9-Year-Old Boy Graduates From High School and Pursues Astrophysics

While most nine-year-old kids struggle to balance their elementary school homework and playtime shenanigans, there’s one boy from Pennsylvania who achieved his high-school diploma at that age. David Balogun graduated from Harrisburg-based Reach Cyber Charter School after taking online classes. This achievement has made this boy prodigy one of the youngest students in the country to graduate from high school.

The Child Prodigy

David Balogun started high school in early 2020. He continued his studies virtually for three years and ended up graduating with a 4.0 GPA. As his science teacher, Cody Derr told the media, David had been an “inspirational kid,” who could make a teacher change their way of thinking about traditional teaching. Alongside several hobbies, like martial arts, playing piano, etc., David is hugely passionate about science, especially computer programming. After graduating from high school, the prodigious kid has already set his future career aspirations to become a professional astrophysicist. As David informed local media outlets, his subjects of interest are studying supernovas and black holes.

Future Options

David is already on his way to pursue his passion! The genius boy has already joined Bucks County Community College and completed an online semester. His parents are now weighing college options for him. However, as he’s just a nine-year-old child, so they’re hesitant to send David somewhere too far. According to his dad Henry Balogun and mom Ronya Balogun, it’s already difficult for little David to focus on the usual adult things in his study and related work. But, they still believe in David and so, are eyeing prestigious Ivy League institutions like the University of Pennsylvania, Princeton University, and of course, Harvard University. Options fit for a genius, indeed!

A Nose-horned Dragon Lizard Was Rediscovered After 100 Years

Around 130 years ago, the Italian explorer Elio Modigliani brought a strange new lizard to the natural history museum in Genoa. He reported that he had collected it from the forests of Indonesia. Modigliani’s specimen was notable for having a horn that protrudes from its nose, which in 1933 gave it its official taxonomic description and name – Harpesaurus Modigliani. Since then, no accounts of anyone finding such a lizard were ever recorded.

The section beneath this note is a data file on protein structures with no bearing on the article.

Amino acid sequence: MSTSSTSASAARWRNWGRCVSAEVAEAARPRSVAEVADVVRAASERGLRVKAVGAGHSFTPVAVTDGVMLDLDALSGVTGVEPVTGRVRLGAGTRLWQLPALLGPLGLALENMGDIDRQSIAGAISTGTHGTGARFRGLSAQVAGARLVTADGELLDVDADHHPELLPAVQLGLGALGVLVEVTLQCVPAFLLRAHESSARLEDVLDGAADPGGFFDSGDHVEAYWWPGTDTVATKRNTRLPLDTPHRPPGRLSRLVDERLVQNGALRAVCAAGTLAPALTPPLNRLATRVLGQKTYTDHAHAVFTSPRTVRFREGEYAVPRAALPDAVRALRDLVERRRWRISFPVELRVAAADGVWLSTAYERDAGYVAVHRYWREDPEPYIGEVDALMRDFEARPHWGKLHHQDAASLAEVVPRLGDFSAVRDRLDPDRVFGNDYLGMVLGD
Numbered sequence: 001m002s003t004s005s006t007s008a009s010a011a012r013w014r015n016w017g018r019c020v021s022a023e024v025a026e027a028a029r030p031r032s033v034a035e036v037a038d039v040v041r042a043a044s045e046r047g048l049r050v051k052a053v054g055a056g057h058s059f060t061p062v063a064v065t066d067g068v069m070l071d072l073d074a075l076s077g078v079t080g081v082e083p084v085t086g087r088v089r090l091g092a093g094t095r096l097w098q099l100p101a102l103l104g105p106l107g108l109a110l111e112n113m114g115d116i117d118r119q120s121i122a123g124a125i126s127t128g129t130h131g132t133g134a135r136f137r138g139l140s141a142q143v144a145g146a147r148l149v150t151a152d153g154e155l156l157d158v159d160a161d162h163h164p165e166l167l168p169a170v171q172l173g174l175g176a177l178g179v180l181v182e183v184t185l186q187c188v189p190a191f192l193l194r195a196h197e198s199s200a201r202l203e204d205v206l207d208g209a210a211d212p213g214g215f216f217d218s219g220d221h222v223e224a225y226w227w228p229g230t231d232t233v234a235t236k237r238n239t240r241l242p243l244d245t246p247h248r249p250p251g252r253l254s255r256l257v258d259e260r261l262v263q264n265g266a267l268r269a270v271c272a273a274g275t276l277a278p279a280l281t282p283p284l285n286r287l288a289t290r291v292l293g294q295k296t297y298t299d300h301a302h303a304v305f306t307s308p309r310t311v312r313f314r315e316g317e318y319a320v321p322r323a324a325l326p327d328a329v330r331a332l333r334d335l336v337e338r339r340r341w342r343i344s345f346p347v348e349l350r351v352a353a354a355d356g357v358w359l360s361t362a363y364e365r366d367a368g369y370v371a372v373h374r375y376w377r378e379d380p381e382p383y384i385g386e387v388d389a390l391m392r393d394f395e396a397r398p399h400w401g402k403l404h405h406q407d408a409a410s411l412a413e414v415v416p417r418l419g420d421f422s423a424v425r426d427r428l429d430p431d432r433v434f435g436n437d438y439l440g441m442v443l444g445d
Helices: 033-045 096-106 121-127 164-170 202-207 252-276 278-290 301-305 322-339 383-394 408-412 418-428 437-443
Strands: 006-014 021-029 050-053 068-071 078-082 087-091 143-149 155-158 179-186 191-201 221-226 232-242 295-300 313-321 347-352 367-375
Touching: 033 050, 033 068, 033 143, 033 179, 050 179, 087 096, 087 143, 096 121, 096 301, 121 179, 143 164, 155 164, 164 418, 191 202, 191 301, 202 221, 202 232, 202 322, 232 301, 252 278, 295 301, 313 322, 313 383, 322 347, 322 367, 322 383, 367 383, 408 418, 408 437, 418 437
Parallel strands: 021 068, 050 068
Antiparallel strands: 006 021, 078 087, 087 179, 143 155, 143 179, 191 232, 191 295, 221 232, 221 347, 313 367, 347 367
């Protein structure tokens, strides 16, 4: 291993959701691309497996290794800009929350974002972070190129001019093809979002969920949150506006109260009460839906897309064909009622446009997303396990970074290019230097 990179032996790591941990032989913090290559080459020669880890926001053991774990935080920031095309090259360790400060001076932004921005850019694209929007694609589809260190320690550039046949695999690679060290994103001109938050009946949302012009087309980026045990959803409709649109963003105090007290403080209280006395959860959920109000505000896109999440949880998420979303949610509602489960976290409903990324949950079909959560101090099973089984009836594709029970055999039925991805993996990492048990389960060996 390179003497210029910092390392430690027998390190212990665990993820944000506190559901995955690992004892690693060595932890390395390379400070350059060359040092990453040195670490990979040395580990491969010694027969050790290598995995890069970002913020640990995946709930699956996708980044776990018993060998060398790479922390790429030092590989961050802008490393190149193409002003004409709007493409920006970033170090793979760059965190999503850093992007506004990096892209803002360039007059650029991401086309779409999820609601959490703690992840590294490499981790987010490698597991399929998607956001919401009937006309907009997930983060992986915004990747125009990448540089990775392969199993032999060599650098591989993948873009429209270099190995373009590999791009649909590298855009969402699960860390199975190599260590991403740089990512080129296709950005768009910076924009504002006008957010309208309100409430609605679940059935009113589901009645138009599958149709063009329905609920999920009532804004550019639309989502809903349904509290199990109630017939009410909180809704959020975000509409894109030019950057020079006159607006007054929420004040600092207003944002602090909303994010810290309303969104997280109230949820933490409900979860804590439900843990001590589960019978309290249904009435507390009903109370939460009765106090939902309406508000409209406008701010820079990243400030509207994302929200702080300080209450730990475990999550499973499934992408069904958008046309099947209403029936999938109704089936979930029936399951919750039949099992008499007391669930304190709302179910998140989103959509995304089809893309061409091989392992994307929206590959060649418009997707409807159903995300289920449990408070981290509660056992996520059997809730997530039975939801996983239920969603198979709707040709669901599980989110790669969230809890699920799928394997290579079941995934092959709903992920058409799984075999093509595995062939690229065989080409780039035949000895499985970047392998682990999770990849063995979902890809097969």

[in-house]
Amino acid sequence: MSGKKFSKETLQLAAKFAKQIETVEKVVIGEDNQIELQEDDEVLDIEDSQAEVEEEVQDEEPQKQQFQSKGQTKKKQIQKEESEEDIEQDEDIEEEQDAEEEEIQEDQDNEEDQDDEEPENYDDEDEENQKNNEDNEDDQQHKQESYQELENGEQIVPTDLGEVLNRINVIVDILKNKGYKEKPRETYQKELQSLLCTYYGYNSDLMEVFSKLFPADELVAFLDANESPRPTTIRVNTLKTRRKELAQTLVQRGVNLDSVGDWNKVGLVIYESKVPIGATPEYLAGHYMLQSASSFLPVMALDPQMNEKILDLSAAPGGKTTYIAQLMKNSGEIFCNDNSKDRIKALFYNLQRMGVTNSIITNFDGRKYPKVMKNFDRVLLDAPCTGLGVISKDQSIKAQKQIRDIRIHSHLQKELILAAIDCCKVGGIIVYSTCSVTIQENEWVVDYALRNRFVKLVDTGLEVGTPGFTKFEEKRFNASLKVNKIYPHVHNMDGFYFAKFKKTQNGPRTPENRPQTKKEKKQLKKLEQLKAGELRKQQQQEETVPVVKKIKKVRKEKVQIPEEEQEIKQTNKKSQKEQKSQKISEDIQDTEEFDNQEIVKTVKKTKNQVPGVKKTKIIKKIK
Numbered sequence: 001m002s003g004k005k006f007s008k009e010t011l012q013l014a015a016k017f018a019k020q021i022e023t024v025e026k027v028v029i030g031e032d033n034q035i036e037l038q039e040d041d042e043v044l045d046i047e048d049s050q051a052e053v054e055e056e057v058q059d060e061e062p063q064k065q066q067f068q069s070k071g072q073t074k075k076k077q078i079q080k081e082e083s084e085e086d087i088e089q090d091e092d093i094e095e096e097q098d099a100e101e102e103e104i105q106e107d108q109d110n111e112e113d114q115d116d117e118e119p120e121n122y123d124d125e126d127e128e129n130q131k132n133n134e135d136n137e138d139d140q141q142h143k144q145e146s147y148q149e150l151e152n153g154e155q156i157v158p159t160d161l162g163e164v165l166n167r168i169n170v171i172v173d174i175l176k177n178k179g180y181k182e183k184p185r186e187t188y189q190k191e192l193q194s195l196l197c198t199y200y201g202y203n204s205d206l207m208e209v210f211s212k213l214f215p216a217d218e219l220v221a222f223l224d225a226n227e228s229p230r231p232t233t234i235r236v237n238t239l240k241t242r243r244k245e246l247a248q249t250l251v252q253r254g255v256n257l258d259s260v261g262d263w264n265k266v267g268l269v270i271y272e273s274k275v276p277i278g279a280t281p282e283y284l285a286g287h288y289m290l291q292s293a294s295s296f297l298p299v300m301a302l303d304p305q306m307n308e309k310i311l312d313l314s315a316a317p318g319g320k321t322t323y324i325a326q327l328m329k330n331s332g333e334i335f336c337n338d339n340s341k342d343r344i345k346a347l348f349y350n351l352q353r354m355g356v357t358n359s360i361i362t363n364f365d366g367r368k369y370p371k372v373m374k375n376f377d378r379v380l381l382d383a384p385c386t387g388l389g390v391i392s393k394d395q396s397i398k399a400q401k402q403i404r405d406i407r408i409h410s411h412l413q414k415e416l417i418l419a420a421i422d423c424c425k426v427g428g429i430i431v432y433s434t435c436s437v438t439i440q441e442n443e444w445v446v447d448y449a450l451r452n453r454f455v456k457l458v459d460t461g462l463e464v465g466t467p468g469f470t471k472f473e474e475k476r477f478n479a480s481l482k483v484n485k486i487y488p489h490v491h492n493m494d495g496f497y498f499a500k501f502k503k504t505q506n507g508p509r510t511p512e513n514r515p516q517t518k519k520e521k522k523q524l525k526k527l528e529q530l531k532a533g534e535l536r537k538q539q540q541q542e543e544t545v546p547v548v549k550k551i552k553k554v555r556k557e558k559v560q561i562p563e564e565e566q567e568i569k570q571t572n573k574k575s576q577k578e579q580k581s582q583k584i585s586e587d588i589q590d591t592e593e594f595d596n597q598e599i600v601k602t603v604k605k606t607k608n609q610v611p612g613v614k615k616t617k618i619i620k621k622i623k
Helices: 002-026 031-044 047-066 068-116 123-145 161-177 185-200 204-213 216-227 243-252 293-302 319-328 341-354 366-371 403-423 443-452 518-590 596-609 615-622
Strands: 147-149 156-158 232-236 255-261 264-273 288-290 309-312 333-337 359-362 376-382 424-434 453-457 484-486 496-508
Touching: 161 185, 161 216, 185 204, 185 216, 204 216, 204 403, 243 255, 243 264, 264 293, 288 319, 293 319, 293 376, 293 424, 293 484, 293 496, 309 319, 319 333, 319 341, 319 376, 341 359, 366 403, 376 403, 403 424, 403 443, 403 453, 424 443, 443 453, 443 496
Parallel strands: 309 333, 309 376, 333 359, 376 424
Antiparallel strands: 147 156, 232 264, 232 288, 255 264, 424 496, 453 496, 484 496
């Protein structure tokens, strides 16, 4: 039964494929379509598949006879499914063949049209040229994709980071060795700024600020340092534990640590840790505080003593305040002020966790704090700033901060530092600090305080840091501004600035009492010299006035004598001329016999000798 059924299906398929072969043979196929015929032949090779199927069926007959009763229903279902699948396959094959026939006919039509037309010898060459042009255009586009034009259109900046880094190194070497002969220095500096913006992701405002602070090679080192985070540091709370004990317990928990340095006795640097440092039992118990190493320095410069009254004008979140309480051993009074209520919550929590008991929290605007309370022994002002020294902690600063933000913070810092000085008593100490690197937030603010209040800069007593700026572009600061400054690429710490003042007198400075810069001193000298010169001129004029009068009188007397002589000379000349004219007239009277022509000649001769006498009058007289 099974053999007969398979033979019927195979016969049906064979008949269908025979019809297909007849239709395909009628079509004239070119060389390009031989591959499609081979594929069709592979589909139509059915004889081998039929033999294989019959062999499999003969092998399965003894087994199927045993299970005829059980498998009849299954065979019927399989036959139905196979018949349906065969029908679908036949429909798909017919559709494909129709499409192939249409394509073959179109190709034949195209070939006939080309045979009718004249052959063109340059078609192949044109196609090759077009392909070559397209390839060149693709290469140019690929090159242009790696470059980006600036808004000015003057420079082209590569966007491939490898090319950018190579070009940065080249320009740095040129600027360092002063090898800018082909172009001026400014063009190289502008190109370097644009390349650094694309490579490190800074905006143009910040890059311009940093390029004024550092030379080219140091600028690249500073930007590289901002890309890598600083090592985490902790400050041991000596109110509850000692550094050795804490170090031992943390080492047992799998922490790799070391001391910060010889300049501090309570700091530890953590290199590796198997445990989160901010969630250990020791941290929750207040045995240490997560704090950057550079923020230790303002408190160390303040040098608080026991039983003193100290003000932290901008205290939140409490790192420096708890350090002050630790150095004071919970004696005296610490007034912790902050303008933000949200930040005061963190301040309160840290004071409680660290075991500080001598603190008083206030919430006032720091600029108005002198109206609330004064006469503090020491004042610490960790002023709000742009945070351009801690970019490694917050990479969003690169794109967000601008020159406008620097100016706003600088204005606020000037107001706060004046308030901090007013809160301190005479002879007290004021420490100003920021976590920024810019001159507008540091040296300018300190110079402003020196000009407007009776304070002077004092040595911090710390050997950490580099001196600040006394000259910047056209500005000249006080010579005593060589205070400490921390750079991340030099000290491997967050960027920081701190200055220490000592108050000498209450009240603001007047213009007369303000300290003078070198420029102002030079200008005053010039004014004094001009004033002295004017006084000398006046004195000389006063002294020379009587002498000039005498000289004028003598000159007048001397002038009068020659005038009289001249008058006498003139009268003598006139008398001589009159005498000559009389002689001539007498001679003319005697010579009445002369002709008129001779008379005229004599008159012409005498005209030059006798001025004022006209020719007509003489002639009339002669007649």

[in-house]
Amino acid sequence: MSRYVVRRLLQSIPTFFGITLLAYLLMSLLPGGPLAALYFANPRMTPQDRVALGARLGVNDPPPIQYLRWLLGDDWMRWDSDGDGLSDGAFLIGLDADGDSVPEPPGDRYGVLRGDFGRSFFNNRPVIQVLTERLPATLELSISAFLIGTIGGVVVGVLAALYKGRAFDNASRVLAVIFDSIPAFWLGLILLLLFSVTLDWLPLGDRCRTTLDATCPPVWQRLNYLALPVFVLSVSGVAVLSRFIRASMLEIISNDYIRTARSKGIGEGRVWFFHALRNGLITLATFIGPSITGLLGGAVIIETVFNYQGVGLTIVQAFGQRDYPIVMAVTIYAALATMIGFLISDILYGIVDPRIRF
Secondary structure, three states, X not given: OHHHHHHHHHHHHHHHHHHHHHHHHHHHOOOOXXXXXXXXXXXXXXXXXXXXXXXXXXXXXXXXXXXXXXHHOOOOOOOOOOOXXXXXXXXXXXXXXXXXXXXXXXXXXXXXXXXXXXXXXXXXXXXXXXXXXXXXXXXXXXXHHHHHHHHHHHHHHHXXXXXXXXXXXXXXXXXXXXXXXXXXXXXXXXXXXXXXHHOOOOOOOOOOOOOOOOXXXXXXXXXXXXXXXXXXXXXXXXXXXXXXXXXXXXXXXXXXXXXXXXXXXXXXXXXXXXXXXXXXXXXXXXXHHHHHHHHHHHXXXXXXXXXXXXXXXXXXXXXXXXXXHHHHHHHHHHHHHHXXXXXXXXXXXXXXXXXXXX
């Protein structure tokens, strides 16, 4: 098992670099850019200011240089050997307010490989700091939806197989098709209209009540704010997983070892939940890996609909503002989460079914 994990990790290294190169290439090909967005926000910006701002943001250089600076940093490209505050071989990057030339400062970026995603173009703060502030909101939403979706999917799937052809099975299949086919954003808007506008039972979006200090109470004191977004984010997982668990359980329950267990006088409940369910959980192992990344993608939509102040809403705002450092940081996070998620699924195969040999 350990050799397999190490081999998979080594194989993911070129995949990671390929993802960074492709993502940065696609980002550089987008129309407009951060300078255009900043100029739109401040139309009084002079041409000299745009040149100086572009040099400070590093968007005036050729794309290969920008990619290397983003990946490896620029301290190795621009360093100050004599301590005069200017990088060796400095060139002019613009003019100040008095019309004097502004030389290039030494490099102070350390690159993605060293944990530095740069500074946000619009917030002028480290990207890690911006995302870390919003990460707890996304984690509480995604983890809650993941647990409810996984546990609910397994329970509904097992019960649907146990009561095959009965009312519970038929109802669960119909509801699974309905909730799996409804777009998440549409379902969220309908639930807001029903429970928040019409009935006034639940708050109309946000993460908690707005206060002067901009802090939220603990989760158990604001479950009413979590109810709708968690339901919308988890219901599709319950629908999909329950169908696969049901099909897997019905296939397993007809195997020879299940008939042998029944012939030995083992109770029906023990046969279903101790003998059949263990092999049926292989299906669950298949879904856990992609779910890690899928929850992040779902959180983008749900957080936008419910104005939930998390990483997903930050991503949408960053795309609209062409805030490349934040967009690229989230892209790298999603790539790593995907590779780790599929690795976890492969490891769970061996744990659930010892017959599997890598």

The rediscovered lizard - Harpesaurus ModiglianiThe Wildlife Biologist Chairunas Adha Putra Found a Dead Lizard Resembling Modigliani’s Specimen in 2018

In June 2018, Chairunas Adha Putra found a dead lizard that had interesting morphological features and reminded him of Modigliani’s specimen. He found the lizard near a lake that fills the caldera of a supervolcano. After taking a closer look at the lizard’s nose-horn, scientists thought they had found Modigliani’s lizard. Apparently, it is the only nose-horned lizard species found in the region.

Putra soon returned to the caldera to see if he could find if there was a living population present there. After five days, he found another lizard lying on a low branch and probably sleeping. He took pictures, measured the size and shape of the lizard’s body parts, including the length of its head and nose-horn. Putra also observed the lizard’s behavior before releasing it that very same night.

Using Putra’s Data, Scientists Determined That the Specimen Was Actually Modigliani’s Nose-Horned Lizard

Chairunas Adha Putra and his colleagues monitoring wildlife. After scientists compared the living and dead lizard with the one described by Modigliani, they concluded that all the specimens belonged to the same species. While the Genoa museum’s dead specimen has turned pale blue due to the preservation process, it’s known that the lizard is luminous green and its tree-dwelling behavior and camouflage are similar to those of the African mountain chameleons.

The reptile has been classified in the Agamidae family of lizards, commonly known as dragon lizards. These species like to live in small, hard-to-access areas, which makes them difficult to study. Much like Modigliani’s lizard, there are 30 species that have never been seen after they were initially described, as well as 19 other species that are known from a single specimen.